“F*** greedy law schools” seems to be the phrase of the day. At least on the blogosphere.
A few weeks ago, David Segal had an excellent expose on the culture of greed that permeates the business of law school. He appropriately entitled his piece: “Law School Economics: Ka-Ching!” The NY Times followed up with a “Room for Debate” article entitled “The Case Against Law School” that included snippets from a broad group of debaters. And then, Above the Law’s, David Lat, followed up the Room for Debate piece with some thoughts on the debaters’ suggestions.
So I thought I would add to this ad nauseum discussion with my own perspective—that of someone with ten years of legal experience who is set to attend law school. I will give my thoughts on the current state of legal education and respond to the suggestions from the Room for Debate folks.
Somewhere along the line law schools moved from the commendable goal of education to a simple quest for profits. I don’t know when this trend started. And maybe it was always like that. But I do know that law schools are big business these days. As Segal noted, “from 1989 to 2009, when college tuition rose by 71 percent, law school tuition shot up 317 percent.”
If a third tier school like New York Law School charges almost $48,000 a year, then its official—we have a freaking problem.
It is not uncommon for law school students to accumulate over $200,000 in debt for law school. While the median salary for students entering the market at private firms is $104,000, the market for those jobs is slim. Most graduates find themselves in government or public service job—if they find employment at all—that pays a median salary of $52,000 or $42,900, respectively.
At jobs in that price range, it will take law school graduates decades to pay their debt, which is why law school debt is labeled “crushing” and “crippling” by some.
The problem is simple: We have too many law schools charging too much money for students to enter a too small a legal market.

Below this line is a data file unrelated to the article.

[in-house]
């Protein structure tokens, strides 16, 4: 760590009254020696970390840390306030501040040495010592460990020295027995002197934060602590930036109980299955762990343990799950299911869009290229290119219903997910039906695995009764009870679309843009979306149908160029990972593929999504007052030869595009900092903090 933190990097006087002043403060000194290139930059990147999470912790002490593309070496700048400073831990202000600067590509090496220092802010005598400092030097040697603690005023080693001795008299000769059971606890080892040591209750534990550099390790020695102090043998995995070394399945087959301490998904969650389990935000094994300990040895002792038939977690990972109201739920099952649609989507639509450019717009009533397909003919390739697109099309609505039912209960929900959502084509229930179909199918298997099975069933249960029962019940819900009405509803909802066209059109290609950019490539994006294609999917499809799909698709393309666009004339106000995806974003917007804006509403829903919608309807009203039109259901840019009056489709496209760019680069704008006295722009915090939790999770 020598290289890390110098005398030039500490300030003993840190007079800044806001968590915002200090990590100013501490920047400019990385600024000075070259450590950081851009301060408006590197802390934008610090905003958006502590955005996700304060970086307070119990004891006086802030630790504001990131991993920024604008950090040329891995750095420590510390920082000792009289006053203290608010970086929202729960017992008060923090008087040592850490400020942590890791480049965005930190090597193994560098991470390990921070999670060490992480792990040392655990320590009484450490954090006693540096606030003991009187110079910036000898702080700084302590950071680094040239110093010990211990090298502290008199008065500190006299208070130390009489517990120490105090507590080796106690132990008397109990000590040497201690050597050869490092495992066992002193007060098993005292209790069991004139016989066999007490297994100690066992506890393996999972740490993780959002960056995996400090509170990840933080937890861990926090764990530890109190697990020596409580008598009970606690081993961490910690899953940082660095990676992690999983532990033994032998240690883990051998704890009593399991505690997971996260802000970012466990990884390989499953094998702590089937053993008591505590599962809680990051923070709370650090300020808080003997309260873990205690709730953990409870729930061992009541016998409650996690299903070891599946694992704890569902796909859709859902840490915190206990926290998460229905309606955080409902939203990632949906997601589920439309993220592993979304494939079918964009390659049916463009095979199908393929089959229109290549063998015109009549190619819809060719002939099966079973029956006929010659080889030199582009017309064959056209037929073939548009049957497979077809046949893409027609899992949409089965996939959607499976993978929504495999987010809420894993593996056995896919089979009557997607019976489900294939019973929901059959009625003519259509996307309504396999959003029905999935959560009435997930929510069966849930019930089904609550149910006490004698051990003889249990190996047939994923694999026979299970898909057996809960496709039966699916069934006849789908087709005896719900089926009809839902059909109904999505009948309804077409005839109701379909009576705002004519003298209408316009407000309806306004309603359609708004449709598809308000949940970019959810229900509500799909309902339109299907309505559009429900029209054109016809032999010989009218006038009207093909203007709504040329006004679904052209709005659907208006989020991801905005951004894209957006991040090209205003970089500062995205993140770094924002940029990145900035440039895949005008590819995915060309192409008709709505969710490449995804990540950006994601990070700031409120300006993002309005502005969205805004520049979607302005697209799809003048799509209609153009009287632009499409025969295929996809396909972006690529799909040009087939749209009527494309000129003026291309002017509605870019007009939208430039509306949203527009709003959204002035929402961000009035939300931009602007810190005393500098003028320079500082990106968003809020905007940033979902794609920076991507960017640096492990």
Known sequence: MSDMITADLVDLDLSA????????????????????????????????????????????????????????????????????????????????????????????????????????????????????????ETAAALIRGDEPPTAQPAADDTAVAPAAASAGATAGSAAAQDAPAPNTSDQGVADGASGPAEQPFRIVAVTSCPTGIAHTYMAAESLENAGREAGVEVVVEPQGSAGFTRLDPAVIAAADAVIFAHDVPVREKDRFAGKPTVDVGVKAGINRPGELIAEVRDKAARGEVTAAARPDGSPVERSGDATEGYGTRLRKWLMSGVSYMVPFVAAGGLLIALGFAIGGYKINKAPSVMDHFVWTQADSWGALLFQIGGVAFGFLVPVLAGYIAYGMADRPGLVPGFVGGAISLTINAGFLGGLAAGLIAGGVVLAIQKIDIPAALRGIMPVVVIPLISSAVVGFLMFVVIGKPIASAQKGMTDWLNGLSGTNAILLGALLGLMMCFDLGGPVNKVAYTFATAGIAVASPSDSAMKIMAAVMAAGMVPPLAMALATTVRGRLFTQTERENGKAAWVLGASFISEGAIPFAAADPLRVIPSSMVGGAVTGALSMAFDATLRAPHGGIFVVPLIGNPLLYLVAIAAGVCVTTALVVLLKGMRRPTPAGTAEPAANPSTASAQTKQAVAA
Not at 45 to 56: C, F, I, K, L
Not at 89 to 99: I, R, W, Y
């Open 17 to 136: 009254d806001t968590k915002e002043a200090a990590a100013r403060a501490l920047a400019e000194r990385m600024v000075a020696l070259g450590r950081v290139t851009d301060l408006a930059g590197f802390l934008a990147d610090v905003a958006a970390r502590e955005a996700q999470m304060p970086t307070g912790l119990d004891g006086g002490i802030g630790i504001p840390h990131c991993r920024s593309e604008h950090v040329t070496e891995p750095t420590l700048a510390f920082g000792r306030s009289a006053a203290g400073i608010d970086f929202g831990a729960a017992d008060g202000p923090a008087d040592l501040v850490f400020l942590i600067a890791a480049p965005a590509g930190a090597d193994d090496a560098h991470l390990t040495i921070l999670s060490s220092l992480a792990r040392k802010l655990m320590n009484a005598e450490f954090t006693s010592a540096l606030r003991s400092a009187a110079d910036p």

Am I concerned about this trend considering I am starting law school this fall? Yes, yes, yes. I have one of the best scholarships a school can offer. Yet I worry whether there will be jobs available after school. I worry whether lawyers will take job offers and salaries usually reserved for paralegals and bring the whole level and prestige of attorneys down with them. Basically, I have a number of selfish worries that should accompany any law school student facing the worst job market and highest price tag for legal education in history.
But I’m going to law school, anyway. So maybe you don’t want to listen to a guy who thinks he can beat all the odds in a game set up to make him lose. Law school is becoming more and more like a Vegas casino game, complete with U.S. News rankings telling you to step right up and take your shot at a losing proposition.
Now on to the Room for Debate comments…
I found David Lat’s suggestion the most compelling. He suggested that law school be reduced to two years and then follow those two years with a paid apprenticeship. I guess the apprenticeship would take place of clinical studies that normally provide students with hands-on training in their second and third years. The benefit of an apprenticeship is two-fold. First, it would provide students with real world experience. Second, by removing a year of law school it would save students anywhere between $25,000 to $75,000.
Lat basically argued that the standard mode of legal education must be changed.
David Van Zandt, president of The New School, said the same thing. He noted that ABA rules require students to take a minimum of 80 credit hours of coursework, and until recently, they also required that the coursework take place over three separate calendar years. Van Zandt then issued the most honest statement of any of the debaters. He said:
The logic behind these policies is not entirely clear, and is a classic case of regulatory capture. The industry itself—in this case the legal education system—controls the regulatory process. Law schools and their faculties have a vested interest in requiring students to spend more time on campus and more money at their schools.